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Omar Khadr's defense paints different picture of Guantanamo detainee during hearing

GUANTANAMO BAY NAVY BASE, Cuba -- An Air Force defense lawyer used a forensic psychiatrist's own files Wednesday to paint a far more westernized, tolerant image of confessed teen terrorist Omar Khadr -- one day after the doctor called the Canadian radical, angry and "highly dangerous.''

Tuesday, Dr. Michael Welner said Khadr read only Harry Potter and the Quran, and memorized Islam's holy book while "marinating inside a radical Islamic community'' inside the prison camps here.

Air Force Maj. Matthew Schwartz, in a feisty and at times disorganized cross-examination, got the government-hired psychiatrist to pull from his notes more of Guantánamo's youngest captive's reading list:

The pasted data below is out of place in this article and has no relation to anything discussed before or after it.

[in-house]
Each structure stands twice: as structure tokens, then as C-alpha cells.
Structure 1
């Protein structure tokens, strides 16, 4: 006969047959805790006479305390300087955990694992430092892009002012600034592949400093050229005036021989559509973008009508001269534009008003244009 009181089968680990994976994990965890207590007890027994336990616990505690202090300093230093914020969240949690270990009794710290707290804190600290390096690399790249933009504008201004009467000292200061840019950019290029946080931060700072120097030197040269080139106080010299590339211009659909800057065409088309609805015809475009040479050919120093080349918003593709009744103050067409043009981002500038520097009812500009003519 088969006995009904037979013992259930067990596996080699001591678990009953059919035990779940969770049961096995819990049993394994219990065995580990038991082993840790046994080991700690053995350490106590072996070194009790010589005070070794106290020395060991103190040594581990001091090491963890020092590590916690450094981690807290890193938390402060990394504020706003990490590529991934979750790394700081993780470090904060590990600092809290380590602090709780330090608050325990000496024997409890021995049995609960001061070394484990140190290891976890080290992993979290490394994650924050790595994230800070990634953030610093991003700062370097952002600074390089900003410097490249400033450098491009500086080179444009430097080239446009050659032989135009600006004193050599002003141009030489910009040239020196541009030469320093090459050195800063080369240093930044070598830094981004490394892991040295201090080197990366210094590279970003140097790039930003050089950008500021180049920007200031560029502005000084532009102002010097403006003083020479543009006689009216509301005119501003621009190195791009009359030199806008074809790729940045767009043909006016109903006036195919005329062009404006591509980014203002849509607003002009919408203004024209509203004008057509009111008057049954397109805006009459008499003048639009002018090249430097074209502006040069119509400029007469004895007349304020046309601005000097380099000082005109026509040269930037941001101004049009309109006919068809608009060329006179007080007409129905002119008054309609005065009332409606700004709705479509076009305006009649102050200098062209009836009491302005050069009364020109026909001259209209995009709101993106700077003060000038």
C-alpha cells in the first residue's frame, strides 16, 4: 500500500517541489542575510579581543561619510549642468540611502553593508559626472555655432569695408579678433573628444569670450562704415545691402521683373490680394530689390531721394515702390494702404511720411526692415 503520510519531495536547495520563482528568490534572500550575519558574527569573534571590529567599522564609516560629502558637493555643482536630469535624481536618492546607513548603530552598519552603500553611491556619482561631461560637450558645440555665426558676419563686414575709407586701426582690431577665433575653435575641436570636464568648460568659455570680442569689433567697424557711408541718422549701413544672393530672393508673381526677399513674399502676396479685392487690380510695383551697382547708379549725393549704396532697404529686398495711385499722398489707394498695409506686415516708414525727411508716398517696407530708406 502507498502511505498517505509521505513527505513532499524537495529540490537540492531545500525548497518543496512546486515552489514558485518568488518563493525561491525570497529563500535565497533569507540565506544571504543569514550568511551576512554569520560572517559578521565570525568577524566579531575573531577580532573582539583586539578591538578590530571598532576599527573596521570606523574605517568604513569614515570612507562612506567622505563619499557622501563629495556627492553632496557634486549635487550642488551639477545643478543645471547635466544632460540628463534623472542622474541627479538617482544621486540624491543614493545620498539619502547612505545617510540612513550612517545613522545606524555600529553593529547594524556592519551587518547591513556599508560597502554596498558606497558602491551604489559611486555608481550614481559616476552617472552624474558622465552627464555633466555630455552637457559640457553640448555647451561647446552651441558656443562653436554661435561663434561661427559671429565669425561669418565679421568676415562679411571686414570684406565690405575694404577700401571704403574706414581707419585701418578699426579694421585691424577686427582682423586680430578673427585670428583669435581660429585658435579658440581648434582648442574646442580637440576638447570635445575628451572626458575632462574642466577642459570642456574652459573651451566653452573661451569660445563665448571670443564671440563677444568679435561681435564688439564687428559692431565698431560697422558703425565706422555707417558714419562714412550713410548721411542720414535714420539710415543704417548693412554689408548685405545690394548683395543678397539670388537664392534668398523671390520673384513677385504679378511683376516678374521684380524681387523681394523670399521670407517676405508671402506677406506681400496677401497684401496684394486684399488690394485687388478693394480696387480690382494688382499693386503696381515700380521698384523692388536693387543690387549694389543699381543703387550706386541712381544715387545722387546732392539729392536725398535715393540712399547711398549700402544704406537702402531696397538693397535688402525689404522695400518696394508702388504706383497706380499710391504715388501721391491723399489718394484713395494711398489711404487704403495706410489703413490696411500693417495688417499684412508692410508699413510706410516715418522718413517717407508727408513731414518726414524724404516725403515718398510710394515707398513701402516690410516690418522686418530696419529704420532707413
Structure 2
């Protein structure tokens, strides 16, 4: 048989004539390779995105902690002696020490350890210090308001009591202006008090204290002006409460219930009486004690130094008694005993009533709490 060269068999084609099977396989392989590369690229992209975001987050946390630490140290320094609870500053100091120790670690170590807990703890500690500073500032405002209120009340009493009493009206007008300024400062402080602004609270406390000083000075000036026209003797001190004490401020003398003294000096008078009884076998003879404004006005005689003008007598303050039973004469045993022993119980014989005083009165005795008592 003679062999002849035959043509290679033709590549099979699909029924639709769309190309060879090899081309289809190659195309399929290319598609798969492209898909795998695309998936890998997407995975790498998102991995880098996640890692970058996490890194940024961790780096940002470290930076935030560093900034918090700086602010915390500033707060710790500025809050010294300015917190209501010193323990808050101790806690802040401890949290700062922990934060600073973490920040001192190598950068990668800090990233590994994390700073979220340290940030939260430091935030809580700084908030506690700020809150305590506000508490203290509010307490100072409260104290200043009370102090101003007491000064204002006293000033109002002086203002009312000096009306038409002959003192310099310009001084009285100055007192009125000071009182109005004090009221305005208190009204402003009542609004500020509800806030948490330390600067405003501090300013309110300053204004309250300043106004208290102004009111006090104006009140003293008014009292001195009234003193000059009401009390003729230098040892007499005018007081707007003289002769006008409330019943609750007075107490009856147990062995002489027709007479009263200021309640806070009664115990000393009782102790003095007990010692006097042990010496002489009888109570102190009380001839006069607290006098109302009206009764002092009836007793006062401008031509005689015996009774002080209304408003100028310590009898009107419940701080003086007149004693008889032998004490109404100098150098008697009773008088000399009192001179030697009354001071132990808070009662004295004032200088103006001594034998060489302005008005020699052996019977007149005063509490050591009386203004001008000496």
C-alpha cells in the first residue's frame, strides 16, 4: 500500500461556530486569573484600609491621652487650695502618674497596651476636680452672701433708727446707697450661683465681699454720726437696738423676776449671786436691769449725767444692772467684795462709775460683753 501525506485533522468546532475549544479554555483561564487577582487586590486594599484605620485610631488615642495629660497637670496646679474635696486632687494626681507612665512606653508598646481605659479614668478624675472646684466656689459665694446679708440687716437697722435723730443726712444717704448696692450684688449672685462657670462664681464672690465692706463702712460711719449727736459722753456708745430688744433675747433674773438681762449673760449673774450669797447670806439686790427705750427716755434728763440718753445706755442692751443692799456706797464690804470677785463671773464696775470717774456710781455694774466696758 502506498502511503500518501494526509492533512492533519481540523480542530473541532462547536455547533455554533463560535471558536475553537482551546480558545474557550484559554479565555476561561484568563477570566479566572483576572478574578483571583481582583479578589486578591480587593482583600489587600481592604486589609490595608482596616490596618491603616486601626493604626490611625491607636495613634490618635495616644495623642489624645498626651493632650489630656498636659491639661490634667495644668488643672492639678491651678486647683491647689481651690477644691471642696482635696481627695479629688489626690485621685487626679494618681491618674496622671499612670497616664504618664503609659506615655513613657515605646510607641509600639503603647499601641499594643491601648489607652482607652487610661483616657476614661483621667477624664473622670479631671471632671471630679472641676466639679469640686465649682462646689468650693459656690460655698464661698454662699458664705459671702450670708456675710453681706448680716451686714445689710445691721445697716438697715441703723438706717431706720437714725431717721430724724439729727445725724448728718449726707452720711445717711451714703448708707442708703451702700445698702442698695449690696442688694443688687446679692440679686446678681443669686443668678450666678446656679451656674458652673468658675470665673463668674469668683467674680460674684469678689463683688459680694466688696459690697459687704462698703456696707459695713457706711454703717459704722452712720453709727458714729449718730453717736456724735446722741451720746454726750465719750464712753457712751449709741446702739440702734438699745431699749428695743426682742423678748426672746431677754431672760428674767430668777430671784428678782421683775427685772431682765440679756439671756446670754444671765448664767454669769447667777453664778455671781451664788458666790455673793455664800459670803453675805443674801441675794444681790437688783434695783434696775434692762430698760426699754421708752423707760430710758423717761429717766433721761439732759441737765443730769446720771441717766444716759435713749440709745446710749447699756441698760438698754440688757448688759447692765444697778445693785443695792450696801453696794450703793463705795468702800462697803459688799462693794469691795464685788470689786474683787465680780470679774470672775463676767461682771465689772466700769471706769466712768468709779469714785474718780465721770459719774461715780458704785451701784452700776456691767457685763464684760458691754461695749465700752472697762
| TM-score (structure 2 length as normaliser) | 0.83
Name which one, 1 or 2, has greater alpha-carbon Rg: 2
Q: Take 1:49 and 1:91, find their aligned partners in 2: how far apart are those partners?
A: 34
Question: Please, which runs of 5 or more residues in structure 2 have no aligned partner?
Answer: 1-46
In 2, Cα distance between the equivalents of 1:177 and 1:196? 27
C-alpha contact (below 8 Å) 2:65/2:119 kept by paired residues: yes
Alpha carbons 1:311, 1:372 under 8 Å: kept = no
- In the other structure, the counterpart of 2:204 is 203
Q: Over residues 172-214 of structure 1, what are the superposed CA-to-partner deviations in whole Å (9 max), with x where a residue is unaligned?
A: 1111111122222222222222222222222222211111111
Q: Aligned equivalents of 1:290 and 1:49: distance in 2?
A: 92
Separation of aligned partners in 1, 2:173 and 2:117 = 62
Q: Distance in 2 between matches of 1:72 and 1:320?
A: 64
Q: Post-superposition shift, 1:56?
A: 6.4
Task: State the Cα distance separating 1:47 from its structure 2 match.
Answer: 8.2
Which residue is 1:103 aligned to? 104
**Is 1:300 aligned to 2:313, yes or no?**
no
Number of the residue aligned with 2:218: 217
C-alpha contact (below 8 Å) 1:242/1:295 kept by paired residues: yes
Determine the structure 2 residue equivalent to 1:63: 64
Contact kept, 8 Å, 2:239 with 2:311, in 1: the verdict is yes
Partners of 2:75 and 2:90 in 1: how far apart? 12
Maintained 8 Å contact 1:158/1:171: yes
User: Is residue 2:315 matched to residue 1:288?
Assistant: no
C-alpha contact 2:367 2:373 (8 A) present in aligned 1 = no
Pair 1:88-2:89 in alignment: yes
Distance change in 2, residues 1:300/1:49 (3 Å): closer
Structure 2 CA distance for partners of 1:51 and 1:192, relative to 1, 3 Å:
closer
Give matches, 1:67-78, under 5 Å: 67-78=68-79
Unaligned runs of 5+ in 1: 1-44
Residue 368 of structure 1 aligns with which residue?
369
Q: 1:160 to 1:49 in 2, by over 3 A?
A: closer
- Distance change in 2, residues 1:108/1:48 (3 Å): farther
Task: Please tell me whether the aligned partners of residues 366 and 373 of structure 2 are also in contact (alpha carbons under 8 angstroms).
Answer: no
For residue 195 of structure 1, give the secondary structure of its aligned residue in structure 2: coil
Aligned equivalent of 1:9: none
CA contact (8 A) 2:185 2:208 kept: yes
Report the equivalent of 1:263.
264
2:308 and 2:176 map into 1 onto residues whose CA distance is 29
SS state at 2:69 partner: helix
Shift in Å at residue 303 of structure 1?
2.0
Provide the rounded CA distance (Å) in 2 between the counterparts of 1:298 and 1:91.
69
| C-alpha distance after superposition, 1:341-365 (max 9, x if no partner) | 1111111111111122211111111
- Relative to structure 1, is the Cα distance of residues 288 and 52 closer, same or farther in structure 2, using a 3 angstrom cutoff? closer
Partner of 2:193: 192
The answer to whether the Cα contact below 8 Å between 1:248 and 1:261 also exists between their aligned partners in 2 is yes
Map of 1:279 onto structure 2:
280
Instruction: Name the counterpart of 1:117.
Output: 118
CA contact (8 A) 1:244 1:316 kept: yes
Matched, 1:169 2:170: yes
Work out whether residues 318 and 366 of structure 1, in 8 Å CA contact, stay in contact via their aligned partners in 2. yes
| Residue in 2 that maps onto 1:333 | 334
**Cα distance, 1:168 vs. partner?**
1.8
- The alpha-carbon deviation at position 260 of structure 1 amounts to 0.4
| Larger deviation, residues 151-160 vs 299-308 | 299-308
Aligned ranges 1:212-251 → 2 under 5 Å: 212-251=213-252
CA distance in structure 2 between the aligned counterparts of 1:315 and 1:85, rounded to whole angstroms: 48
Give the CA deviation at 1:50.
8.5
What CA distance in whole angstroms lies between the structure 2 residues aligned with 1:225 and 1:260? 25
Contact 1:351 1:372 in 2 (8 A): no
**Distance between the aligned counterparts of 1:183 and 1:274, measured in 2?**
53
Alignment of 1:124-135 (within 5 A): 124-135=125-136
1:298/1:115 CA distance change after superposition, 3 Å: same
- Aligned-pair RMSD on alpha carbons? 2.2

Nelson Mandela's Walk to Freedom, Barack Obama's Dreams of My Father, Ishmael Beah's A Long Way Gone: Memoirs of a Boy Soldier, Stephanie Meyer's Twilight series plus unnamed thrillers by John Grisham and steamy novels by Danielle Steel.

Khadr, 24, pleaded guilty on Monday to committing five war crimes in Afghanistan in July 2002, admitting that at age 15 he hurled the hand grenade that mortally wounded an American commando, trained with al Qaida and planted anti-tank mines targeting U.S. forces.

Now, lawyers are calling witnesses to help a seven-member military jury decide what sentence to give him for crimes punishable by life in prison. They do not know that a senior Pentagon official promised the Toronto-born Khadr that, at most, he will spend another year at Guantánamo and serve up to seven more in his native Canada.

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